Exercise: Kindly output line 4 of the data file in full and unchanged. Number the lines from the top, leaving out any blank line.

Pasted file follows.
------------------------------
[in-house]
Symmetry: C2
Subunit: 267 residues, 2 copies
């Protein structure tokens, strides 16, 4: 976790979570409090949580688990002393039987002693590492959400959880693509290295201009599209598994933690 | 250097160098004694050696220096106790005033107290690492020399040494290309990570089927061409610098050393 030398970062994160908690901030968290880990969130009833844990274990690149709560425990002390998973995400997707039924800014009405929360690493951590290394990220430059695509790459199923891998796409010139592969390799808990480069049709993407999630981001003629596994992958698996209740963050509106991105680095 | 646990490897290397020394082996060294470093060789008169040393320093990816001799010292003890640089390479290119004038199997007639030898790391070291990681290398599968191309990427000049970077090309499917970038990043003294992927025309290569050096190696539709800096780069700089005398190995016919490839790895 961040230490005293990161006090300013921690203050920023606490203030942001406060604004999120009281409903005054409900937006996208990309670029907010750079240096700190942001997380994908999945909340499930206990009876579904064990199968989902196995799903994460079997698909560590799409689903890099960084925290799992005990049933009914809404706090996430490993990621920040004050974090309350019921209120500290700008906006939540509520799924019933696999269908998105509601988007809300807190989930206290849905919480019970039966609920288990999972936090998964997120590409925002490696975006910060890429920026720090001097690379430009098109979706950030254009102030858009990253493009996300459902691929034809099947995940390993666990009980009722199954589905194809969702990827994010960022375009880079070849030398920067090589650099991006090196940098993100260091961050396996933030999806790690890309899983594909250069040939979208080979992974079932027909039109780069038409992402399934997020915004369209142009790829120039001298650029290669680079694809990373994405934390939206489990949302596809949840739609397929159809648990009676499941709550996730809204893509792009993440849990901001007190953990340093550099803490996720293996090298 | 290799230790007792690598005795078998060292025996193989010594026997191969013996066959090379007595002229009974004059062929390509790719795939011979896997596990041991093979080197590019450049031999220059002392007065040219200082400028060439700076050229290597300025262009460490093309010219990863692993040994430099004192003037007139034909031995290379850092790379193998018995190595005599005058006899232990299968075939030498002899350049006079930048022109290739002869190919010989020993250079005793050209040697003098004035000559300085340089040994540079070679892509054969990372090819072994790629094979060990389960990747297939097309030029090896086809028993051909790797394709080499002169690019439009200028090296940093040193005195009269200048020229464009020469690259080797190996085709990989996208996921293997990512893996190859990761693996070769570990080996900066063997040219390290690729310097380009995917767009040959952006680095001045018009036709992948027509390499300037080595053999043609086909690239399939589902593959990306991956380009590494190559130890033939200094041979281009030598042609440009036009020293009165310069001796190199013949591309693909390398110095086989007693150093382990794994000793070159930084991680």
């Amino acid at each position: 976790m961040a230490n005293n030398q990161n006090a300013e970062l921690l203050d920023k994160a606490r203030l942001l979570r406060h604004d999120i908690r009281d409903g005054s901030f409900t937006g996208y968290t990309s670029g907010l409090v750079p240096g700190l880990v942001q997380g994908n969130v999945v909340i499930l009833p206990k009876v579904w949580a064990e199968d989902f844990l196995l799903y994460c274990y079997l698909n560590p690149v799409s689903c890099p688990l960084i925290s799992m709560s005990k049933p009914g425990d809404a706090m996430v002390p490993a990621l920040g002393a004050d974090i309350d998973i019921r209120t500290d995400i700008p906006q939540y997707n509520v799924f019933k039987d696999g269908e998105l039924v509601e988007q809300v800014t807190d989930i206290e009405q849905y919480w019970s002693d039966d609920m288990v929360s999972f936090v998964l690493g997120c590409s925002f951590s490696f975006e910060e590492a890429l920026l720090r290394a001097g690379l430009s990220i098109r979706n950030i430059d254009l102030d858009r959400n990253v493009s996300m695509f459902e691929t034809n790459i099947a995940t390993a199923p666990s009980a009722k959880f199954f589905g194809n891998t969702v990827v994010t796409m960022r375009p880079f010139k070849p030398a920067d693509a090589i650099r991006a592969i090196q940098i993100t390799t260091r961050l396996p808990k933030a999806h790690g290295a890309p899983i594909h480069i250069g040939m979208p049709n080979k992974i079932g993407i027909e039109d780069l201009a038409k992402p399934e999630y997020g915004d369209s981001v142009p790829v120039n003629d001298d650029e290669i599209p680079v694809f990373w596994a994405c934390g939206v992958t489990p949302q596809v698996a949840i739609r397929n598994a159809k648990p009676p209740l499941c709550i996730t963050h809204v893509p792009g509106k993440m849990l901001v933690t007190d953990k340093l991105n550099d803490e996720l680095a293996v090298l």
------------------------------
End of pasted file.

């Protein structure tokens, strides 16, 4: 976790979570409090949580688990002393039987002693590492959400959880693509290295201009599209598994933690 | 250097160098004694050696220096106790005033107290690492020399040494290309990570089927061409610098050393 030398970062994160908690901030968290880990969130009833844990274990690149709560425990002390998973995400997707039924800014009405929360690493951590290394990220430059695509790459199923891998796409010139592969390799808990480069049709993407999630981001003629596994992958698996209740963050509106991105680095 | 646990490897290397020394082996060294470093060789008169040393320093990816001799010292003890640089390479290119004038199997007639030898790391070291990681290398599968191309990427000049970077090309499917970038990043003294992927025309290569050096190696539709800096780069700089005398190995016919490839790895 961040230490005293990161006090300013921690203050920023606490203030942001406060604004999120009281409903005054409900937006996208990309670029907010750079240096700190942001997380994908999945909340499930206990009876579904064990199968989902196995799903994460079997698909560590799409689903890099960084925290799992005990049933009914809404706090996430490993990621920040004050974090309350019921209120500290700008906006939540509520799924019933696999269908998105509601988007809300807190989930206290849905919480019970039966609920288990999972936090998964997120590409925002490696975006910060890429920026720090001097690379430009098109979706950030254009102030858009990253493009996300459902691929034809099947995940390993666990009980009722199954589905194809969702990827994010960022375009880079070849030398920067090589650099991006090196940098993100260091961050396996933030999806790690890309899983594909250069040939979208080979992974079932027909039109780069038409992402399934997020915004369209142009790829120039001298650029290669680079694809990373994405934390939206489990949302596809949840739609397929159809648990009676499941709550996730809204893509792009993440849990901001007190953990340093550099803490996720293996090298 | 290799230790007792690598005795078998060292025996193989010594026997191969013996066959090379007595002229009974004059062929390509790719795939011979896997596990041991093979080197590019450049031999220059002392007065040219200082400028060439700076050229290597300025262009460490093309010219990863692993040994430099004192003037007139034909031995290379850092790379193998018995190595005599005058006899232990299968075939030498002899350049006079930048022109290739002869190919010989020993250079005793050209040697003098004035000559300085340089040994540079070679892509054969990372090819072994790629094979060990389960990747297939097309030029090896086809028993051909790797394709080499002169690019439009200028090296940093040193005195009269200048020229464009020469690259080797190996085709990989996208996921293997990512893996190859990761693996070769570990080996900066063997040219390290690729310097380009995917767009040959952006680095001045018009036709992948027509390499300037080595053999043609086909690239399939589902593959990306991956380009590494190559130890033939200094041979281009030598042609440009036009020293009165310069001796190199013949591309693909390398110095086989007693150093382990794994000793070159930084991680």